Jack Ma Warns Alibaba Faces Its Most Dangerous Moment

Just two months after its record initial public offering, Alibaba Group Holding Ltd. is facing its “most dangerous moment,” according to founder Jack Ma.

That’s because people may be expecting too much from China’s biggest e-commerce company since its IPO, said Ma, who is known for often peppering his speeches with controversial comments.

The warning echoes previous remarks from the billionaire about the challenges facing the company, from employees becoming complacent and stopping innovation to failing to embrace opportunities in the mobile age. Ma is steering Alibaba into new businesses of digital entertainment and health care as it adjusts to post-IPO life as the 10th-largest company by market value, surpassing Coca-Cola Co. and Facebook Inc.

“Even two months before the IPO, people didn’t think we would make money,” Ma said in a speech today at the World Internet Conference in Wuzhen, China. “Now the problem is people think we are too good -- we can do anything. This is the most dangerous moment.”

Alibaba raised a record $25 billion in September’s IPO. Since then, the shares have surged 60 percent and the company’s Singles’ Day promotion on Nov. 11 saw shoppers spend a record 57.1 billion yuan ($9.3 billion) on goods.

“This is Ma’s typical speech style,” said Li Yujie, an analyst at RHB Research Institute Sdn in Hong Kong. “He’s probably worried that his staff will become too complacent, and wants to remind them that the company isn’t as good as what people are expecting it to be.”

Hollywood Hunt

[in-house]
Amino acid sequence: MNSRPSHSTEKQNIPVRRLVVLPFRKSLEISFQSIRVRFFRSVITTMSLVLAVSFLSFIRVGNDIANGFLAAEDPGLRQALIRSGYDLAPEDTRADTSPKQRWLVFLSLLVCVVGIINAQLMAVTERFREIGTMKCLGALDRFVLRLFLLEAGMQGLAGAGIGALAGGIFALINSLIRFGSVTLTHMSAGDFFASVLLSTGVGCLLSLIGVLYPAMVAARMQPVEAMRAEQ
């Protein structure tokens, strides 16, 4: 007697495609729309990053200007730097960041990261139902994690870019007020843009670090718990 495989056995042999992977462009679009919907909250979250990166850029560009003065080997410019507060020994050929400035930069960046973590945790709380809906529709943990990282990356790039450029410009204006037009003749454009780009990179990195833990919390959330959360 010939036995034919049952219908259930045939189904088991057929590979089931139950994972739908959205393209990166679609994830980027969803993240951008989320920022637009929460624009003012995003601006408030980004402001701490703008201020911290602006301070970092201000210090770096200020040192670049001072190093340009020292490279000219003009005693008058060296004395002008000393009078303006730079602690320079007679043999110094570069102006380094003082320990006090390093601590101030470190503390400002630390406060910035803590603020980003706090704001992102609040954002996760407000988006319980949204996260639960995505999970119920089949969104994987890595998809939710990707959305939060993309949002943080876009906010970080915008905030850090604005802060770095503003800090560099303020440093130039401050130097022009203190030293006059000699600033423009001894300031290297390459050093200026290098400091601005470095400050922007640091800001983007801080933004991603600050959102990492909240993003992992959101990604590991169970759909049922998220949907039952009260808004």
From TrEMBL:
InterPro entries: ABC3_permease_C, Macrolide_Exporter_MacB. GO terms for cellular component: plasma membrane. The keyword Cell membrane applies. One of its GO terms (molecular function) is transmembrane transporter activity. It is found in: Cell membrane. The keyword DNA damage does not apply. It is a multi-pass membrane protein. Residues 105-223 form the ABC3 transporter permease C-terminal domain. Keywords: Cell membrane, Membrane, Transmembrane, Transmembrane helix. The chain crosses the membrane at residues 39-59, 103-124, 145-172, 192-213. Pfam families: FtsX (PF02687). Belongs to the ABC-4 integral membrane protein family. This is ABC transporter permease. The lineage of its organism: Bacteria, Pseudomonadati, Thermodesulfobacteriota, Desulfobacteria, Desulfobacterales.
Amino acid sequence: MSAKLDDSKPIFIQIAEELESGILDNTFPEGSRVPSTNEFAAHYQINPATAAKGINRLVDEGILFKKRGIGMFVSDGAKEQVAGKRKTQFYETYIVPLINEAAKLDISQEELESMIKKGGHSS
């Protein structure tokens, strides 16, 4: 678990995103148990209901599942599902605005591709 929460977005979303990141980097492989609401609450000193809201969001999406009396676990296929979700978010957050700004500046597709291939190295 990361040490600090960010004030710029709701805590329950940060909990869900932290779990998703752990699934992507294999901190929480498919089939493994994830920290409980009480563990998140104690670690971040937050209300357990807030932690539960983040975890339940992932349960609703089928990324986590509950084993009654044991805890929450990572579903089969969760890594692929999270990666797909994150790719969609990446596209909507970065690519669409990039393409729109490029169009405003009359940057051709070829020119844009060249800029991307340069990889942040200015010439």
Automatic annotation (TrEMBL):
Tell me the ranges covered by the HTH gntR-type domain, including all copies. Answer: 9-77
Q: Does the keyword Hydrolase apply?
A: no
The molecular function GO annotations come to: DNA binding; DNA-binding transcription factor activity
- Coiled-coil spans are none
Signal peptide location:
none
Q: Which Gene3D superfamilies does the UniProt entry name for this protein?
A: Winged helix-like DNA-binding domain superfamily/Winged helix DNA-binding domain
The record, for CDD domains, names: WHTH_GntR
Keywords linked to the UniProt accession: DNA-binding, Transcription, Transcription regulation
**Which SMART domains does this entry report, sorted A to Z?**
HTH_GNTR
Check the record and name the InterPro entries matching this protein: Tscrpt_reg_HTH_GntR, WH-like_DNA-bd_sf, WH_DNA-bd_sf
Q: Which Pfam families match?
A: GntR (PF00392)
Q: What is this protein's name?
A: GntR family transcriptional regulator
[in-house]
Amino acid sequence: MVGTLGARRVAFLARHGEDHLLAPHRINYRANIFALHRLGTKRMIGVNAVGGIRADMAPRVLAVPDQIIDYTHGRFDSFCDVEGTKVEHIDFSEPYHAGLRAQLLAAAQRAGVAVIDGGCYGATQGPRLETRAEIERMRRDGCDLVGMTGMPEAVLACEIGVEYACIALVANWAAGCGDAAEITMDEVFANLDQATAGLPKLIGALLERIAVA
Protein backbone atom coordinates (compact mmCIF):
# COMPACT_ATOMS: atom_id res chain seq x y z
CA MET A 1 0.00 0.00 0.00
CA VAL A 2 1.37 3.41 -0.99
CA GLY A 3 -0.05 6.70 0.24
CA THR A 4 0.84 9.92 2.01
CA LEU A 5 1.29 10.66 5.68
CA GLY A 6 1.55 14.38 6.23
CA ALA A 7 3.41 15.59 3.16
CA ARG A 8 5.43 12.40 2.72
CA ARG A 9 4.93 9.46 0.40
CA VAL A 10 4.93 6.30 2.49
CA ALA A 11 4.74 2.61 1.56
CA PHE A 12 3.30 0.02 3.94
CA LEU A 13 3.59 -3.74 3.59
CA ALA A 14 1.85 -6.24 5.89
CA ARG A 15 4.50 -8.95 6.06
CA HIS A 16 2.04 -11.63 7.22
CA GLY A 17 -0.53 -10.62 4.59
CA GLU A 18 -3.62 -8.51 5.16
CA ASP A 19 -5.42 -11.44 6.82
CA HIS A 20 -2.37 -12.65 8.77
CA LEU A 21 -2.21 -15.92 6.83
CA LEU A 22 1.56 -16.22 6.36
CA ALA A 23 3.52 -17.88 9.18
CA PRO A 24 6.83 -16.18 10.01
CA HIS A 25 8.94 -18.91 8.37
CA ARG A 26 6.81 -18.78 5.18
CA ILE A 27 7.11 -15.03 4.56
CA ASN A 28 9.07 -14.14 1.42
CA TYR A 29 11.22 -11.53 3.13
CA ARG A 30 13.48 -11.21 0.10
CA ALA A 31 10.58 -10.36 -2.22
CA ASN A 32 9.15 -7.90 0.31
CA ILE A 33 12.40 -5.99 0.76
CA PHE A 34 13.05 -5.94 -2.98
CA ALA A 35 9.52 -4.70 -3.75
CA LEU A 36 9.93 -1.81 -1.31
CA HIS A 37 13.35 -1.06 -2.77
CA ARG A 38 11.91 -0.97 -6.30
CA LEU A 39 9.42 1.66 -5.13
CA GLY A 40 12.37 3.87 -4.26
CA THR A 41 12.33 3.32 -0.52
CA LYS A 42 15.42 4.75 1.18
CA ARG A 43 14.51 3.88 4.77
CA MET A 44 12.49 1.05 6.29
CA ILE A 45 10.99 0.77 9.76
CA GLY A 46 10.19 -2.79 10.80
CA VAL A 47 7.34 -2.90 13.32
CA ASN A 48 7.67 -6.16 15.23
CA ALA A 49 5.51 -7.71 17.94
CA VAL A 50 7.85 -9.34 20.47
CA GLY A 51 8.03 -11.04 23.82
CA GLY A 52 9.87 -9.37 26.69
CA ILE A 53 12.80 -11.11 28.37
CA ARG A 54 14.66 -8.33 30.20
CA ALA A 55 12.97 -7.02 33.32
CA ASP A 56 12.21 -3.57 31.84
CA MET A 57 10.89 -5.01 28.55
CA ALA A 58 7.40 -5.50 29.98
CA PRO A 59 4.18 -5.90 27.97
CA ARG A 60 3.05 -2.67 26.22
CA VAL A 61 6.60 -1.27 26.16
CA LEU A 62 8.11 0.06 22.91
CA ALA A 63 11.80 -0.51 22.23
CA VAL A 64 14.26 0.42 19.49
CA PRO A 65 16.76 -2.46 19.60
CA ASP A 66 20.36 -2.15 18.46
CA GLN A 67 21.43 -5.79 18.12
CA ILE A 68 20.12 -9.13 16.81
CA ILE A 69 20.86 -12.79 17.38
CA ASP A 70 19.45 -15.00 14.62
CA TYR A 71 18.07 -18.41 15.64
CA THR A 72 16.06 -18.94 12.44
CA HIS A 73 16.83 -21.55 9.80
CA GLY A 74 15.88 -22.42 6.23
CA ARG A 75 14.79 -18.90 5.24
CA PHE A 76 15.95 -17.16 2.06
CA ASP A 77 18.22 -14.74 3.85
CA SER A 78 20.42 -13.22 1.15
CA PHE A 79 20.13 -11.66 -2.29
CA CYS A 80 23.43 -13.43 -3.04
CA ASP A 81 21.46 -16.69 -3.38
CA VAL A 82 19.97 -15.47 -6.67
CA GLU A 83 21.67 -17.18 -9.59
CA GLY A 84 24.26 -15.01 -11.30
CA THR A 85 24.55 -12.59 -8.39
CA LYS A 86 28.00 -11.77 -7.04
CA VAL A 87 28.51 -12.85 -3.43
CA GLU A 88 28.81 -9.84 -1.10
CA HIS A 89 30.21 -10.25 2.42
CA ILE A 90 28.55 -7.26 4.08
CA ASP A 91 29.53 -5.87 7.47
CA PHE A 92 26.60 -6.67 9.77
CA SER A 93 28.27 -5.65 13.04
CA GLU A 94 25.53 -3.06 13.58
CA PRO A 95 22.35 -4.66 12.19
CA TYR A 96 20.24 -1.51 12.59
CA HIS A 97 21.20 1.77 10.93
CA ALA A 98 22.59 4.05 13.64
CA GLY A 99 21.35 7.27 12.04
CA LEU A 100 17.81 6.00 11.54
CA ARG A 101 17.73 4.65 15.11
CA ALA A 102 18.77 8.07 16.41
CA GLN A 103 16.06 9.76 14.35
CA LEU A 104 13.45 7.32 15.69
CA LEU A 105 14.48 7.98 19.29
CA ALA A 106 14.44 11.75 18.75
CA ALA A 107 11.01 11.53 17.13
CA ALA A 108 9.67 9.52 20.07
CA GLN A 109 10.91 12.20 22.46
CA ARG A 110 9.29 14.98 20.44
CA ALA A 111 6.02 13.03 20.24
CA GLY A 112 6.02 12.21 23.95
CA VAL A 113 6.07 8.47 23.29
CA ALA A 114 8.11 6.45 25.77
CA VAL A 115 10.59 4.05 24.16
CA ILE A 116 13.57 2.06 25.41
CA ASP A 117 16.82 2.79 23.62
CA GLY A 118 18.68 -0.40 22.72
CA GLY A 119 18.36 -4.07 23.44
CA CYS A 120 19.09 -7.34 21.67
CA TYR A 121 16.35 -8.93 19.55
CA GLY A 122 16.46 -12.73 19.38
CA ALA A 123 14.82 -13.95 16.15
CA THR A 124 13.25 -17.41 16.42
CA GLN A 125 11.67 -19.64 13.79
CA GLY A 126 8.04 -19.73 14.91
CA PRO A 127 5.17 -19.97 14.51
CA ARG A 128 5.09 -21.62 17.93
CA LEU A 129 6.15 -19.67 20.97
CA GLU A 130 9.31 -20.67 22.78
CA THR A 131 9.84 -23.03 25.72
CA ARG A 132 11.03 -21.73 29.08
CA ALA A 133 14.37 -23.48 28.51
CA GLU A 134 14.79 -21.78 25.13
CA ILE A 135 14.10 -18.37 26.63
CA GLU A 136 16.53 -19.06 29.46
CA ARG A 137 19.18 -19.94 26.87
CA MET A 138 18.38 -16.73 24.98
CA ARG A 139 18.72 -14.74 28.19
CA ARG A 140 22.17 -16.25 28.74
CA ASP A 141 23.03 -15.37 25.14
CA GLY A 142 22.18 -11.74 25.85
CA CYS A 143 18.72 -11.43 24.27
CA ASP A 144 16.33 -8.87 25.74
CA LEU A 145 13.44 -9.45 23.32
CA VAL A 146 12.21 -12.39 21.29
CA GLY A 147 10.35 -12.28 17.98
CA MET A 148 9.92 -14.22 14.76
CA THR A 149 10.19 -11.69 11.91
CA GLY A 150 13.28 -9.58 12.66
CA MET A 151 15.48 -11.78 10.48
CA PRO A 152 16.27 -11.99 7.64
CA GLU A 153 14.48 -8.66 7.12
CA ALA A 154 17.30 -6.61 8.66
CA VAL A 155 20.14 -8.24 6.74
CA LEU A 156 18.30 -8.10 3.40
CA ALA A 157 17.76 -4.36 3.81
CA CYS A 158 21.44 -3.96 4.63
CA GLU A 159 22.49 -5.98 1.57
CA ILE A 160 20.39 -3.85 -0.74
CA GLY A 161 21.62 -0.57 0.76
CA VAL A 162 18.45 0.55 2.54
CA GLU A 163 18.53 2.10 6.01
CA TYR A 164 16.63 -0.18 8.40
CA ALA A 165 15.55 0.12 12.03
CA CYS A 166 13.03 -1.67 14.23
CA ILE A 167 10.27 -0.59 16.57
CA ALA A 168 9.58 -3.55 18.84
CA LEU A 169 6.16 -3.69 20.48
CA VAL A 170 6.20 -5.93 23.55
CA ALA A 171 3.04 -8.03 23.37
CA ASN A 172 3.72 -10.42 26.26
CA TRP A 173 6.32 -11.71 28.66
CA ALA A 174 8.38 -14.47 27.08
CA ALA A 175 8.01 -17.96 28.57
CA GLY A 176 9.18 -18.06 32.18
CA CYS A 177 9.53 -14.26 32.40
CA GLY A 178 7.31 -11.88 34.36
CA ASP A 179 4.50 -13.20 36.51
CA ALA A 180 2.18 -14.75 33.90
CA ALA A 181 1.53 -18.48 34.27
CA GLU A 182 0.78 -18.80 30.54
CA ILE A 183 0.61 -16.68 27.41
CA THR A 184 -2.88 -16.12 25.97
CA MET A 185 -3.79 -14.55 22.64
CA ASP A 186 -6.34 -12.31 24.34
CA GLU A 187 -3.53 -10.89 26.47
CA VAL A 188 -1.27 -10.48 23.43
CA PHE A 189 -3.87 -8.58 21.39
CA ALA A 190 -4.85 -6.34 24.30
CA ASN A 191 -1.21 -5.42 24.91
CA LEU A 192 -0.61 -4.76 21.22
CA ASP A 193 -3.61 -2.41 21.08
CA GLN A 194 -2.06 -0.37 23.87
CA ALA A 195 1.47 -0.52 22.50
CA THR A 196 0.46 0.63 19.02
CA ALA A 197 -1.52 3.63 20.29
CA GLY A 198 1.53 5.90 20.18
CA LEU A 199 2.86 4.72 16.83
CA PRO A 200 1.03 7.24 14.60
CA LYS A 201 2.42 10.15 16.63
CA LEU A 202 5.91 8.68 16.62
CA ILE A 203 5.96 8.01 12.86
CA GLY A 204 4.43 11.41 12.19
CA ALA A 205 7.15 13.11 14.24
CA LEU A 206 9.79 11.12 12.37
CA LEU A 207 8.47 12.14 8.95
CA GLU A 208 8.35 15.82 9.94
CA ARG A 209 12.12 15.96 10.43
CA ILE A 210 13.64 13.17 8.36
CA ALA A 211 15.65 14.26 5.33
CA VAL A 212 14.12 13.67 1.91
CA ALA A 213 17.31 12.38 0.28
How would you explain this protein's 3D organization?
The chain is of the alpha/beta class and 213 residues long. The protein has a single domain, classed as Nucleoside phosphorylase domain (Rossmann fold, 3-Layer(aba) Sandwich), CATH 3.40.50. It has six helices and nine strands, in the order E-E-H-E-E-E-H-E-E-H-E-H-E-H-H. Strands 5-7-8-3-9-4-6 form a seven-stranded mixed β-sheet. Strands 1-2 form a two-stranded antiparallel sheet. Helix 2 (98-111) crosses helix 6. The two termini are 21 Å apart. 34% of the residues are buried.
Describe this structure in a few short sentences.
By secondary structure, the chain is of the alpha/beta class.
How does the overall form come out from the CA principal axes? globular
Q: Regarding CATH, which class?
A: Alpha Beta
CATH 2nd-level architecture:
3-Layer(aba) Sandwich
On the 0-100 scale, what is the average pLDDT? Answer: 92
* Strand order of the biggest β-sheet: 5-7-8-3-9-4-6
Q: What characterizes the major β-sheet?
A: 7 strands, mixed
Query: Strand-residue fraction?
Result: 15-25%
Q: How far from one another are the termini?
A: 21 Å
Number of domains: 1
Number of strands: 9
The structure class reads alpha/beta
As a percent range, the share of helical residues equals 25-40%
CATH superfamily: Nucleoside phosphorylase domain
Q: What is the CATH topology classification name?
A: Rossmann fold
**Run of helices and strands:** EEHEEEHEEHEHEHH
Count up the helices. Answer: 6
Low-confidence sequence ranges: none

Ma is spearheading Alibaba’s hunt for Hollywood movies and television shows as it expands its video and entertainment content on set-top boxes.

Alibaba prefers to invest in specific films rather than in movie studios, a person familiar with the matter said this month. The Hangzhou-based company wants to become a more significant distributor of content by using customer shopping and viewing data to forecast what productions will become hits among Chinese viewers, the person said.

The company is focusing on health and entertainment because China’s biggest troubles in 10 years will be in health and happiness, Ma said today.

Hangzhou-based Alibaba released its first set-top box in collaboration with Wasu Media Holding Co. in September 2013. A month later, it announced another box under the Tmall brand, the name of one of Alibaba’s biggest e-commerce platforms.

Users of Alibaba’s set-top boxes can watch TV channels and high-definition movies, shop online and play games. Alibaba buys rights from studios that control films and TV content to show them online for a fee, often by territory.

Bond Sale

The e-commerce giant is also planning to raise as much as $8 billion as soon as this week in its first U.S. bond sale, people with knowledge of the matter said.

The company will use the proceeds to refinance its credit facilities, according to a statement. The bonds will be rated A+, or the fifth highest investment-grade, by Standard & Poor’s and an equivalent A1 by Moody’s Investors Service.

Alibaba already has $11 billion in loans and credit lines, according to data compiled by Bloomberg.

Should Alibaba raise $8 billion, the bond sale would be the largest ever denominated in U.S. dollars in Asia, according to data compiled by Bloomberg.

Ma sees many opportunities for Alibaba around the world and doesn’t want to compete with EBay Inc. and Amazon.com Inc. in the U.S.

Russia, Brazil

“We invest in the future,” Ma said. “Don’t run after money. Money will run after people.”

Alibaba already is the top shopping site in Russia and Brazil, markets where it currently has no employees. AliExpress, an Alibaba site for users outside China, has become the No. 1 shopping site in Russia, according to researcher TNS.

The company is also building its online payment system Alipay globally as it tries to process more digital sales for small businesses around the world.

Alipay has 17.9 million active users overseas in more than 100 countries and is accepted by 2,000 merchants overseas, Sabrina Peng, vice president for Alibaba’s finance arm’s international business, said in October.

— With assistance by Lulu Chen, and Edmond Lococo

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